Europlanet is Europe’s largest forum for planetary science, founded in 2004 it supports the European planetary science research community in the conduct and delivery of its research while simultaneously promoting such research to major stakeholders and funders such as the European Commision, national governments and funding agencies and, through its outreach and dissemination programme, the general public. Europlanet’s research includes the study of all bodies in the Solar sytem (planets, moons, comets, asteroids etc) and beyond (exoplanets), the study of solar interactions with such bodies (space weather), the study of the habitabilty and the orings of life on Earth (astrobiology). The Europlanet Research Infrastructure provides open access to a range of laboratories and field sites allowing researchers from anywhere in the world the opportunity to use state of the art facilities to pursue their research and is building a suite of on-line tools, models and databases. Europlant also hosts workshops, meetings and the annual European Planetary Science Congress (EPSC) one of the largest planetary science conferences in the world. In this talk I will review current Europlanet actvities and place in context the opening of Ethiopia as a Europlanet field site while discussing opportunites for wider EU-Ethiopia collaboration in planetary sciences and space research.

Livia MERCATELLI, Università di Bologna, ITALY
Erasmus+ is the EU programme that supports academic cooperation for the modernization of higher education within the EU and with Partner countries outside the EU. The focus is not on funding specific research activities, nevertheless the programme supports, within the others, initiatives to boost the research capacities, to promote the knowledge triangle and therefore create a fruitful background for cooperation with partners in Africa.

Karen OLSSON-FRANCIS, The Open University, UNITED KINGDOM (Olsson-Francis K, Stephens B, Capaccioni B, Hagos M, Perras A, Moissl-Eichinger C, Cavalazzi B)
Defining the boundaries of habitability is essential for elucidating whether life can exist elsewhere in the Solar System. Our understanding of habitability is dependent on studying extreme  environments  on  Earth,  which  can  give  insight  into  the  physical  and  chemical environmental parameters that can support life. An ideal region to study the limits of life is the Danakil Depression, which is believed to be one of the most extreme environments on Earth and has been identified as an analogue field-site for potential habitable environments elsewhere in the Solar System. For example, the Dallol crater hosts a hydrothermal system where hot fluids interact in the subsurface with volcanic and evaporitic rocks, depositing metals and salts in surface. This can be considered a strongly reliable terrestrial analogue for Mars. Of particular interest is a thermal spring, Yellow-Oily Lake, which is located on the marginal side of the volcanic caldera. Geochemical analyses have shown that the lake is highly saline, acidic (pH of approximately 1) and the temperature can reach 40o C. Previous work has detected the presence of (light and heavy) hydrocarbons in the lake, suggesting a strong astrobiological potential for this site. In this study, we collected samples from Yellow-Oily Lake for microbial analyses, which included culture-dependent and culture-independent analyses to determine whether life exists within the lake. Preliminary molecular data suggests that both archaea and bacteria are present; whilst, culturing has isolated bacteria belonging to the genus Bacillus. At present, these microbes are being characterised to determine their limits of life in relationship to environmental parameters, such as pH, salinity and temperature. In conclusion, microbial life exists within the lake; however, on-going work will determine whether this life is active or dormant. This work is important for understanding the boundaries of habitable, which is crucial for determining whether life could live in potential habitable environments elsewhere in the Solar System.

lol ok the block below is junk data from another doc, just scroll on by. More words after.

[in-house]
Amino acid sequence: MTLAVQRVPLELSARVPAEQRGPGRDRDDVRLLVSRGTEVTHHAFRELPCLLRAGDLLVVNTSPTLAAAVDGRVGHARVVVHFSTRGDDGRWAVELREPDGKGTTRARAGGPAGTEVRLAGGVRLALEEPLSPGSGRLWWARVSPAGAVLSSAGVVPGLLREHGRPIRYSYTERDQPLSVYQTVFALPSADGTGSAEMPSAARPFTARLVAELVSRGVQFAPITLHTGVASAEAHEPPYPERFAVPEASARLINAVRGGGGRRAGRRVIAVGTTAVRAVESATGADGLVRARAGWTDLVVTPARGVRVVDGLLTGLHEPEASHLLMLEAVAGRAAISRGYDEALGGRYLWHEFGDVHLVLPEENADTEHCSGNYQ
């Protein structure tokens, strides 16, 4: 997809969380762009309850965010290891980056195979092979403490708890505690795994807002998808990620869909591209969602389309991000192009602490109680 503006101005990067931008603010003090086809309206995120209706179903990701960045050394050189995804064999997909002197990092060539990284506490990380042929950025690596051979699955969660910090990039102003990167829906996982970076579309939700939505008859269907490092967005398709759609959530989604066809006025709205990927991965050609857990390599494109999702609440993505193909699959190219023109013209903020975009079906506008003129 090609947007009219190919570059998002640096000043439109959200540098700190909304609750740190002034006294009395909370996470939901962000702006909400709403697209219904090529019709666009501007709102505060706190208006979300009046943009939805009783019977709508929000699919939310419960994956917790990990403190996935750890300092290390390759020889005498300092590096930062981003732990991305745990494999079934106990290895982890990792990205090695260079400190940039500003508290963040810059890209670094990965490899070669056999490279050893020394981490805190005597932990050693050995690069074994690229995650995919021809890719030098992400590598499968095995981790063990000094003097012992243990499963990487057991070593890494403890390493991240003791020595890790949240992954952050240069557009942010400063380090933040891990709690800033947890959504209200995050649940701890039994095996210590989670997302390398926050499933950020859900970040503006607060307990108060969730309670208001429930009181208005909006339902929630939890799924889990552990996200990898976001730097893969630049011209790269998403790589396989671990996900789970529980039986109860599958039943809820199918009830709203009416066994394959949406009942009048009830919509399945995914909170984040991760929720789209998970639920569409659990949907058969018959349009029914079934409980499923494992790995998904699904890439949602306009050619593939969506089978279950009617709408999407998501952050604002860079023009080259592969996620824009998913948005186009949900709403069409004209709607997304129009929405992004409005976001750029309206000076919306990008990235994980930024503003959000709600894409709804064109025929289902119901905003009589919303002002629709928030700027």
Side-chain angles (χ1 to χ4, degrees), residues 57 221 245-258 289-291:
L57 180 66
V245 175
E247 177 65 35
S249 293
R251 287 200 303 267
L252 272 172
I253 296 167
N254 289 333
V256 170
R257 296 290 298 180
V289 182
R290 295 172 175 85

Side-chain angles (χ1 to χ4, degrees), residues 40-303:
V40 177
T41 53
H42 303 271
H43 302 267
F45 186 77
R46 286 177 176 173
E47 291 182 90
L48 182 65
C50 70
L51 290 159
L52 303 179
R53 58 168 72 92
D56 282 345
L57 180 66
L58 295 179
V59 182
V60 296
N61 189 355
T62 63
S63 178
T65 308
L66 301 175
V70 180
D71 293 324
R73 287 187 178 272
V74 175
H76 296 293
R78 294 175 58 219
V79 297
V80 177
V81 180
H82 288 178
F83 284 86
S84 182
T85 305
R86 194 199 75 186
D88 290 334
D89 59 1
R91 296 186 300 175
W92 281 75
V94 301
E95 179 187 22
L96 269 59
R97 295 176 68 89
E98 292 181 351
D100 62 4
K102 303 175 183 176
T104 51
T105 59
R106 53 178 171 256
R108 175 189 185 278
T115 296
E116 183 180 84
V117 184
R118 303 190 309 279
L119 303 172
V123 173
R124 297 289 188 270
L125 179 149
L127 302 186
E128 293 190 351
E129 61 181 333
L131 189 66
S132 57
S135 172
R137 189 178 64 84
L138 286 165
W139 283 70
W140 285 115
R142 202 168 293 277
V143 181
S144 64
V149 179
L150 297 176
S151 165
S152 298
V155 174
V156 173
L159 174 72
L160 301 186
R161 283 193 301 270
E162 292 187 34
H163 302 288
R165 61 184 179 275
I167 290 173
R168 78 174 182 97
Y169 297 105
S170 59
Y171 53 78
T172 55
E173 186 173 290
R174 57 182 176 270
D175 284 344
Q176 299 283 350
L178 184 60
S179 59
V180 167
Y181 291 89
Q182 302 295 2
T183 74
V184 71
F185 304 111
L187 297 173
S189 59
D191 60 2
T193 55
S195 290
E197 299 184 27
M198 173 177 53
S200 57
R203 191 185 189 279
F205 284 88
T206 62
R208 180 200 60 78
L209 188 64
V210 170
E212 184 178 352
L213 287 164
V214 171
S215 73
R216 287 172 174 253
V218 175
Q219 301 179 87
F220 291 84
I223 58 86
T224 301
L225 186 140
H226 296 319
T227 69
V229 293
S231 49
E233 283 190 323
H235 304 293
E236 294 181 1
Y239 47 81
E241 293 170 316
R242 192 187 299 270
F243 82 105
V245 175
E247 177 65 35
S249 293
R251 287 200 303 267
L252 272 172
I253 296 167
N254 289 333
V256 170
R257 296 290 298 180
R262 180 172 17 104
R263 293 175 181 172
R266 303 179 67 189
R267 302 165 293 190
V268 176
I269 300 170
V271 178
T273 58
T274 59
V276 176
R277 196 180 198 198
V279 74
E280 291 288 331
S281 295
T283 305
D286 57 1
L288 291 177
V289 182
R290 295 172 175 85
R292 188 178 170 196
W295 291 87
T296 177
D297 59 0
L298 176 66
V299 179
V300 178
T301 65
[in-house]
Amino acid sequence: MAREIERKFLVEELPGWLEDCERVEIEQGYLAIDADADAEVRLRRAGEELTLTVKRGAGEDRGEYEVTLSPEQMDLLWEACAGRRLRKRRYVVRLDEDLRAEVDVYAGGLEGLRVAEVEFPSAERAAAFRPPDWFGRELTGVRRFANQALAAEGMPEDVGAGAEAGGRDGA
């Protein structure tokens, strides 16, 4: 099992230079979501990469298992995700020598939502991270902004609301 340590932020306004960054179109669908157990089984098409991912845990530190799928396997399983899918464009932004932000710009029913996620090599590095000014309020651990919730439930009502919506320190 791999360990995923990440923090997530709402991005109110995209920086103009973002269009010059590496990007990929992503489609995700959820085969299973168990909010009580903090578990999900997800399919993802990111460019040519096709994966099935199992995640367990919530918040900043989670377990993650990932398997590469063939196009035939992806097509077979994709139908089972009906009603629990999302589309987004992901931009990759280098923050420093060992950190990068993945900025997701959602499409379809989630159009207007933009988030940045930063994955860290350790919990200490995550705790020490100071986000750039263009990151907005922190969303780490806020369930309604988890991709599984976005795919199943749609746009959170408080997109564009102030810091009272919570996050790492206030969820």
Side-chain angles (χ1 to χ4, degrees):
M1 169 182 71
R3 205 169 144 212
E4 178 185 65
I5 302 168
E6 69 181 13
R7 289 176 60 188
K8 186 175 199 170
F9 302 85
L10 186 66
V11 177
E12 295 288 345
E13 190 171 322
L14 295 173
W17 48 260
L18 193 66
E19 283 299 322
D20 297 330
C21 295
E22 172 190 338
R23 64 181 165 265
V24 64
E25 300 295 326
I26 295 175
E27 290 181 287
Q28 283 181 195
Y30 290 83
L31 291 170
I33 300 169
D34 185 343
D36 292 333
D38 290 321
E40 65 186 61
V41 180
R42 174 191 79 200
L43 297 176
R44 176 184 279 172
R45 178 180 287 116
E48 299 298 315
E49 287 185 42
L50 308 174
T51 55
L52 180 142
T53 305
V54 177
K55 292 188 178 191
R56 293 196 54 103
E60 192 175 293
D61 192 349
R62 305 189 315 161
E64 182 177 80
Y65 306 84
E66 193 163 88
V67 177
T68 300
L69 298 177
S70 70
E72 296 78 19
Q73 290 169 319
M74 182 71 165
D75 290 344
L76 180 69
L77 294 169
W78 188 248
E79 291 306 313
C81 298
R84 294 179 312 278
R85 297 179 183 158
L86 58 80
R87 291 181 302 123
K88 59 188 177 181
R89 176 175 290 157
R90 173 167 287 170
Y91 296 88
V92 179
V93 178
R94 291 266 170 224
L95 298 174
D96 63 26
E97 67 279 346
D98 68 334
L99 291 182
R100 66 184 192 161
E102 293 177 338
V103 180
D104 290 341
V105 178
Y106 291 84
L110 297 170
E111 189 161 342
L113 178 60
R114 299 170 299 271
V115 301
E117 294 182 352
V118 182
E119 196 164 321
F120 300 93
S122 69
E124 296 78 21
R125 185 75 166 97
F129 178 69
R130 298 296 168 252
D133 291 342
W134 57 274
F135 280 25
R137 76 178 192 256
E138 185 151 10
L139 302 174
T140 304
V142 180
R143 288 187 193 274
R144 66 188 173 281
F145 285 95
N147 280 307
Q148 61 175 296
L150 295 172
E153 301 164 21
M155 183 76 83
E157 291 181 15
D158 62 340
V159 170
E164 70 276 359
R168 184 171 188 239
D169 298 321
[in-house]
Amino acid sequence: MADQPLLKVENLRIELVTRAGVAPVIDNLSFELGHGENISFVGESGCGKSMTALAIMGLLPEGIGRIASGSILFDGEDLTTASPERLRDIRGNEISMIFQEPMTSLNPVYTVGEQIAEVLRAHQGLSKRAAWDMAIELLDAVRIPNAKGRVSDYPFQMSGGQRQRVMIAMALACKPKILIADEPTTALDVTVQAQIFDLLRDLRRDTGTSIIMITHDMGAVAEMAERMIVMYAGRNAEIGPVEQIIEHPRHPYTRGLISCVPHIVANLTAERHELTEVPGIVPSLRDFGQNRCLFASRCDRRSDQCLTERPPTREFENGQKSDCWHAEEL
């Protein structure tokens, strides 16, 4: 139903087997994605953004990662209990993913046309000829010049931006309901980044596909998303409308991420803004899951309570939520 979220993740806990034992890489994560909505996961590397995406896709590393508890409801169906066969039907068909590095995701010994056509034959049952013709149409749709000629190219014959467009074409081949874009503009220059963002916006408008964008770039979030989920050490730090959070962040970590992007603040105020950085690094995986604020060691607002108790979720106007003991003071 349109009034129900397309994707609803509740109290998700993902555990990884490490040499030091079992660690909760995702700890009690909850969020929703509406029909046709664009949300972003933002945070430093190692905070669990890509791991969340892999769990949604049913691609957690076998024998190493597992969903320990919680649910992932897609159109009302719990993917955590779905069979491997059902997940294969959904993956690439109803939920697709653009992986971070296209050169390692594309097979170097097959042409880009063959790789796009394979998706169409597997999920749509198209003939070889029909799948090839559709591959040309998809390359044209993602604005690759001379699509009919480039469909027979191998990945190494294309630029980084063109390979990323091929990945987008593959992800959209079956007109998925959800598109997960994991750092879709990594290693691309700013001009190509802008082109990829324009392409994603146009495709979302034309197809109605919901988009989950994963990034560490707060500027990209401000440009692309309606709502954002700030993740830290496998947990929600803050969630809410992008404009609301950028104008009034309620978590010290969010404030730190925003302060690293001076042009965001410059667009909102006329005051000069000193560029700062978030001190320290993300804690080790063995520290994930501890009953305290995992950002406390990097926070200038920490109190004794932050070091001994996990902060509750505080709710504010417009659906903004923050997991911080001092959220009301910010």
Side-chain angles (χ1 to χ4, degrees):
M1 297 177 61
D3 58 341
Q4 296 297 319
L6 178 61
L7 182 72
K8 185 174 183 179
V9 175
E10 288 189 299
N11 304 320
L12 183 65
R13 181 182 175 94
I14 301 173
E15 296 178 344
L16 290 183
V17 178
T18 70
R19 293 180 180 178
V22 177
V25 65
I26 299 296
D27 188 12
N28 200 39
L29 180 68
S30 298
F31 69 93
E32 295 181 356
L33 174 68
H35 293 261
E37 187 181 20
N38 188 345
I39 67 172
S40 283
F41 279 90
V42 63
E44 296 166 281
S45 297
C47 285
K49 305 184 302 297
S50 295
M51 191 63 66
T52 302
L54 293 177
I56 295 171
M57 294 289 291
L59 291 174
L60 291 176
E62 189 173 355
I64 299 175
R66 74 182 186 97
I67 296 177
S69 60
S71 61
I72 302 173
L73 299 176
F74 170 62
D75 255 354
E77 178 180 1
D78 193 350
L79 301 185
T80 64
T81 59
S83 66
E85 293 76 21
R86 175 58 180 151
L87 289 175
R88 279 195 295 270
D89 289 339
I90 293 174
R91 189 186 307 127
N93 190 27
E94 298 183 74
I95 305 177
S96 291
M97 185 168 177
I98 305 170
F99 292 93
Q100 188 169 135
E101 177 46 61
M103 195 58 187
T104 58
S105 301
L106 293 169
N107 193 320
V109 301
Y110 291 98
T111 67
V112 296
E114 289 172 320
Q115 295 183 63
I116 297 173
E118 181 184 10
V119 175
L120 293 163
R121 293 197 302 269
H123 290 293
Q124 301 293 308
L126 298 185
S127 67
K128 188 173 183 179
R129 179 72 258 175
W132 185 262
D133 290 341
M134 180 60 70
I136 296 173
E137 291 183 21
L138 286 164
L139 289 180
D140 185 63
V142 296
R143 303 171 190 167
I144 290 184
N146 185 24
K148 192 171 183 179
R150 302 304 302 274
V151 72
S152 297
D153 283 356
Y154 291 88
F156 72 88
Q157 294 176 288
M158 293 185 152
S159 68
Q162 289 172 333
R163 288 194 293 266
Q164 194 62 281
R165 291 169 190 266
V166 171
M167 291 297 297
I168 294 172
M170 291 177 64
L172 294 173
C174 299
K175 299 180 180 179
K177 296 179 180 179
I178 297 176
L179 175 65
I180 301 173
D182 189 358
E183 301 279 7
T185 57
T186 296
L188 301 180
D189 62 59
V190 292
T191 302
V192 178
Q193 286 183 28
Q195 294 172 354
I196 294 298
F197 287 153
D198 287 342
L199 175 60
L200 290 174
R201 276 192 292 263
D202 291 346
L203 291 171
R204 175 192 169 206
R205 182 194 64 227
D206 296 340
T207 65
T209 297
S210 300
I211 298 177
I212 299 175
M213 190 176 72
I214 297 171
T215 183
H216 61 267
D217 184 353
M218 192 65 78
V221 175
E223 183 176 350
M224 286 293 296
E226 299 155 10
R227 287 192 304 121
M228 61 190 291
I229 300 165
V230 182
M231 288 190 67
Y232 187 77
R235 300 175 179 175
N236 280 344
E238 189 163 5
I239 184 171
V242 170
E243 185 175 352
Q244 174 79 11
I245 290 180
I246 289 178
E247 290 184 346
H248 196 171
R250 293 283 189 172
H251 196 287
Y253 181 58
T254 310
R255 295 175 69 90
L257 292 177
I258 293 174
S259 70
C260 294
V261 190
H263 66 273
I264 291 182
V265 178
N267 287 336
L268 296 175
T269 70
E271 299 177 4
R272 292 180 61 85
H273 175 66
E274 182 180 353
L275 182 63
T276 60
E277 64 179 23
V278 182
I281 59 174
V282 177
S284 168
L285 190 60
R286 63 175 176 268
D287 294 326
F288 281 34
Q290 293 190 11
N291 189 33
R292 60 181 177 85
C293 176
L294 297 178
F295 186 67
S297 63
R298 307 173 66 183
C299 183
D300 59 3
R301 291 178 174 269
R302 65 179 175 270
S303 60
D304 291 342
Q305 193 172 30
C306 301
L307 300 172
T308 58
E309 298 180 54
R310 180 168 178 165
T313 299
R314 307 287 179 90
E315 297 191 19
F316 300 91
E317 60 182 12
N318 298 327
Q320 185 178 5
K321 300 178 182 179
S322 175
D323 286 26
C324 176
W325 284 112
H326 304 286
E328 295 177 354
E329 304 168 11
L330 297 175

Gian Gabriele ORI, Università d’Annunzio, ITALY/International Research School of Planetary Sciences-IRSPS, ITALY/Ibn Battuta Centre, Marrakech, MOROCCO
The Ibn Battuta Centre is based on a joint venture of the Universite’ Cadi Ayyad of Marrakech and the Universita’ d’Annunzio of Pescara and is part of the Foundation International Research School of Planetary Sciences. The aim of the centre is to analysis Terrestrial Martian analogues and use them for science and for testing operations and technologies. The long-term goal is to raise awareness and interest in the African continent (including the Mediterranean basin) about planetary, and more in general, for space science and technologies.

Patricia REECE, Nutopia Ltd, UNITED KINGDOMP. Reece, Z. Beyene, G. Booth
The most ambitious science project in National Geographic’s 130 year history, ONE STRANGE ROCK celebrates the extraordinary story of life on Earth. One Strange Rock will combine the latest filming technology and CGI, with the very best cosmology, earth science, Natural History and factual storytelling. Across ten episodes, this ground-breaking television series will redefine our home planet for a new generation. This series will transport viewers on a mind-bending and thrilling visual adventure that will amaze and surprise. Taking cameras where they’ve never been before, it unravels the unbelievable coincidences and unlikely connections that make Earth a perfect home for complex life. Exploring unseen worlds, meeting Earth’s strangest inhabitants, and discovering its most jaw-dropping natural phenomena – we’ll see how lifeemerged, survived and thrives on our planet. A world  that’s  stranger  than  sci-fi  where  every  living  creature  is  part  of  one  extraordinary, interconnected system. The sheer wonder and complexity of Earth will leave viewers grappling with the most universal questions of all: “Are we alone in this vast cosmos? How special is this place we call home?” Broadcast in over 170 countries, ONE STRANGE ROCK will inspire the next generation of scientists and explorers as they continue to pursue these great questions, and become the guardians of our unique and special home.